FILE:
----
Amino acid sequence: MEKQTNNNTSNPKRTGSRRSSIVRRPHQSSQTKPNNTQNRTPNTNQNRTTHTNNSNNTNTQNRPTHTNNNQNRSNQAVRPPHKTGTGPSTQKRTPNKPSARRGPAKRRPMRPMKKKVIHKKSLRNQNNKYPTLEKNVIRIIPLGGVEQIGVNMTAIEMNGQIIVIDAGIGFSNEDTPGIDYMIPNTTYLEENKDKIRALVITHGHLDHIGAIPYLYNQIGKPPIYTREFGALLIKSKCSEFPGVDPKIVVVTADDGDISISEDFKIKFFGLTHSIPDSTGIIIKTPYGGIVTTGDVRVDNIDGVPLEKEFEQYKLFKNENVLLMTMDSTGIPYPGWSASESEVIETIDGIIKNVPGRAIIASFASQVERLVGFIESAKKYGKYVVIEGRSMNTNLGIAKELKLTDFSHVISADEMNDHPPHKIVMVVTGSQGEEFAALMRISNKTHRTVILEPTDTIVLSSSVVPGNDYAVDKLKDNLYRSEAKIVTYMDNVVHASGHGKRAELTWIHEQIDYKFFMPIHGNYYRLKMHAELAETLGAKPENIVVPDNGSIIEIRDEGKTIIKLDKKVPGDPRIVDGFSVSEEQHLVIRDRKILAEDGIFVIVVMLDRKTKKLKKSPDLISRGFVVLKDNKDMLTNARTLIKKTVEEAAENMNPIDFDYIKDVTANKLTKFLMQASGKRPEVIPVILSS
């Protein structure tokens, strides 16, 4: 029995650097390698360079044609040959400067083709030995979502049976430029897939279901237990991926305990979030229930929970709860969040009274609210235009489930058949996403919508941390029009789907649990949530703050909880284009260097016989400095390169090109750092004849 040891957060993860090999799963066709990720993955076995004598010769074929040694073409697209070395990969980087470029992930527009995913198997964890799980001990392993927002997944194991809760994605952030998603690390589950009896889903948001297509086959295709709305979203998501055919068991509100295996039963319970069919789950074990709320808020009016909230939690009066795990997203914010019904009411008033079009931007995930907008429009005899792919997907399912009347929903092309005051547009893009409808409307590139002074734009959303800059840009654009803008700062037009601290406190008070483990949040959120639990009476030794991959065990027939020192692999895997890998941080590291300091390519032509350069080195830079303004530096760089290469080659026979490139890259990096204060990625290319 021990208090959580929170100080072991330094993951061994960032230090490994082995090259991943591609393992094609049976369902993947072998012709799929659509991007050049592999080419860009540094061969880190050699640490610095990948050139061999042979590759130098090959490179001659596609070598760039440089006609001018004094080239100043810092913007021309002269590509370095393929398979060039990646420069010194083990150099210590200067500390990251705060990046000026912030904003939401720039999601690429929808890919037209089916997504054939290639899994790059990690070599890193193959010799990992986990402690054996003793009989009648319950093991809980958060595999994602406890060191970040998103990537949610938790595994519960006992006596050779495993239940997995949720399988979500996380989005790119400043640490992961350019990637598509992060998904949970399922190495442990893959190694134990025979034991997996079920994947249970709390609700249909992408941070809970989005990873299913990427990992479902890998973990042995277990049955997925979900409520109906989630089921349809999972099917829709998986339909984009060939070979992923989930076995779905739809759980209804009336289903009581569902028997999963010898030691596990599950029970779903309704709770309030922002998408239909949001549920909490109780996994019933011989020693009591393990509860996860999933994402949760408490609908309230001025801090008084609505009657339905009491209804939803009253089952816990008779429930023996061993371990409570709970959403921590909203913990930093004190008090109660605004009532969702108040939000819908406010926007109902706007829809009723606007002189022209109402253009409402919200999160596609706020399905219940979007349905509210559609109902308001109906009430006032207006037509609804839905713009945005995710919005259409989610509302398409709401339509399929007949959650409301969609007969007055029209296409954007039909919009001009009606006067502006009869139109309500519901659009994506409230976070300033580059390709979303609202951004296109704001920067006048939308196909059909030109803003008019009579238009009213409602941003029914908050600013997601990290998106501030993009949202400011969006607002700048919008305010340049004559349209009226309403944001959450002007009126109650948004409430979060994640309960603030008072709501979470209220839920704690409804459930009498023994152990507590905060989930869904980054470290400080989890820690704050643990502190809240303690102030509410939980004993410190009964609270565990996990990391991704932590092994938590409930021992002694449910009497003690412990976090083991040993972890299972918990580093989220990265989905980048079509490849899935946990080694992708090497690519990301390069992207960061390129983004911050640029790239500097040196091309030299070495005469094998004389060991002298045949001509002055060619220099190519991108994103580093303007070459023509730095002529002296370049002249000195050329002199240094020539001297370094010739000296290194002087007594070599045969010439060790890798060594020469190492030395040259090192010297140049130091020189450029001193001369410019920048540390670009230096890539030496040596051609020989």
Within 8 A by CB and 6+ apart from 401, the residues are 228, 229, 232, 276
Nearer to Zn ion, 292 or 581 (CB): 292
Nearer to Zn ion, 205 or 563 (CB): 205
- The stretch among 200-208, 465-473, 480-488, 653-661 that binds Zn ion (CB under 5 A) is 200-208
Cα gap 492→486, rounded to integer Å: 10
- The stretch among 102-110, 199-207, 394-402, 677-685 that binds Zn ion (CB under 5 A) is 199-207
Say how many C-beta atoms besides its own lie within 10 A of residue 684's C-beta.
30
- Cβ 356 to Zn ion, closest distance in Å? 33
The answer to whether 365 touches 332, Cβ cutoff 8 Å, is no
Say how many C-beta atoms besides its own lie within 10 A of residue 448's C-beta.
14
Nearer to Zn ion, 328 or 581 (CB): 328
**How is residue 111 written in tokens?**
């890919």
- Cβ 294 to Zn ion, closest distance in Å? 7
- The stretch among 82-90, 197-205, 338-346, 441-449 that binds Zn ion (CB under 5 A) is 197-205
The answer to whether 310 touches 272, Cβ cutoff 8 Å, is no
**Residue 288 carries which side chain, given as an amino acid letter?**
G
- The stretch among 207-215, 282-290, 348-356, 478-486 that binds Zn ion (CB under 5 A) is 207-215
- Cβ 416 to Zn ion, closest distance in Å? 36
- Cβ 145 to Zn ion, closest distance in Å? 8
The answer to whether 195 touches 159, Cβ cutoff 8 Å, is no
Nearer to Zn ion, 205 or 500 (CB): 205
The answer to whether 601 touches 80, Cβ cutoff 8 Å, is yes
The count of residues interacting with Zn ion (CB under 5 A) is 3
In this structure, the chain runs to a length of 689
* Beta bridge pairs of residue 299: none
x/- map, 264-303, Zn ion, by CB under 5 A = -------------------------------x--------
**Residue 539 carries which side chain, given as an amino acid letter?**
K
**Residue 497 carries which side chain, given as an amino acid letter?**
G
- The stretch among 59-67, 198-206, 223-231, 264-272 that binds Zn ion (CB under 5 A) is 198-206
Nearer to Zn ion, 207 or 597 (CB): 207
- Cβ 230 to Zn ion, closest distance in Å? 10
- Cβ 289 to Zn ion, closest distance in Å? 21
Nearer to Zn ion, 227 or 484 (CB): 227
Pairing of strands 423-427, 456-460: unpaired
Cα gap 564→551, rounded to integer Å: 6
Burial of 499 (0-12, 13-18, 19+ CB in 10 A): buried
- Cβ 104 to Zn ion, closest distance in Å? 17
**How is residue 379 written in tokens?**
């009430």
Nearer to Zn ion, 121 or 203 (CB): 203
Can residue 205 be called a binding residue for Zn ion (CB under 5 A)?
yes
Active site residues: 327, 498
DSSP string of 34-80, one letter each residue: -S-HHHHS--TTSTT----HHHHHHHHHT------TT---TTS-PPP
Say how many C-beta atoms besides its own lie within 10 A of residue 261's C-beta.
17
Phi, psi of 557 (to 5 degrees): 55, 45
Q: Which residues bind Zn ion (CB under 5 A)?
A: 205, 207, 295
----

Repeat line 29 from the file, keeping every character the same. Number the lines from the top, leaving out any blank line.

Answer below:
The count of residues interacting with Zn ion (CB under 5 A) is 3